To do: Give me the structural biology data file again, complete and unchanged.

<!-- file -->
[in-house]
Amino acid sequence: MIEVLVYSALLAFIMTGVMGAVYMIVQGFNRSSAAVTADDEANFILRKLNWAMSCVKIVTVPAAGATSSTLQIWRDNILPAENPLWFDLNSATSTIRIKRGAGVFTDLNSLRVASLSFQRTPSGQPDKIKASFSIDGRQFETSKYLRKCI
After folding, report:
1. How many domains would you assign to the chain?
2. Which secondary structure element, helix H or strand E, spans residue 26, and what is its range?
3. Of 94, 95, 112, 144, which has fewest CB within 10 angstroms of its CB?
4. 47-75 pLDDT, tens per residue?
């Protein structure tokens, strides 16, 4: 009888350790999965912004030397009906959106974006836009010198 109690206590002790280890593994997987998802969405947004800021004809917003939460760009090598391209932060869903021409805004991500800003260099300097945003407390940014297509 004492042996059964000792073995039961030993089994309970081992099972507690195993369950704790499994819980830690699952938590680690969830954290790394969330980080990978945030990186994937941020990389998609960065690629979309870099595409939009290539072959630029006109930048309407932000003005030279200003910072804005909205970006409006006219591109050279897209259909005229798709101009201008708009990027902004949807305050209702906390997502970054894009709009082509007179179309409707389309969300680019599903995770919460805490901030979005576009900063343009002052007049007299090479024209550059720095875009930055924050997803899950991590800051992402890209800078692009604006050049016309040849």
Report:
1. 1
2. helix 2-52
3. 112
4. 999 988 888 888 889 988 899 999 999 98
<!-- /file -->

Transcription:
[in-house]
Amino acid sequence: MIEVLVYSALLAFIMTGVMGAVYMIVQGFNRSSAAVTADDEANFILRKLNWAMSCVKIVTVPAAGATSSTLQIWRDNILPAENPLWFDLNSATSTIRIKRGAGVFTDLNSLRVASLSFQRTPSGQPDKIKASFSIDGRQFETSKYLRKCI
After folding, report:
1. How many domains would you assign to the chain?
2. Which secondary structure element, helix H or strand E, spans residue 26, and what is its range?
3. Of 94, 95, 112, 144, which has fewest CB within 10 angstroms of its CB?
4. 47-75 pLDDT, tens per residue?
């Protein structure tokens, strides 16, 4: 009888350790999965912004030397009906959106974006836009010198 109690206590002790280890593994997987998802969405947004800021004809917003939460760009090598391209932060869903021409805004991500800003260099300097945003407390940014297509 004492042996059964000792073995039961030993089994309970081992099972507690195993369950704790499994819980830690699952938590680690969830954290790394969330980080990978945030990186994937941020990389998609960065690629979309870099595409939009290539072959630029006109930048309407932000003005030279200003910072804005909205970006409006006219591109050279897209259909005229798709101009201008708009990027902004949807305050209702906390997502970054894009709009082509007179179309409707389309969300680019599903995770919460805490901030979005576009900063343009002052007049007299090479024209550059720095875009930055924050997803899950991590800051992402890209800078692009604006050049016309040849």
Report:
1. 1
2. helix 2-52
3. 112
4. 999 988 888 888 889 988 899 999 999 98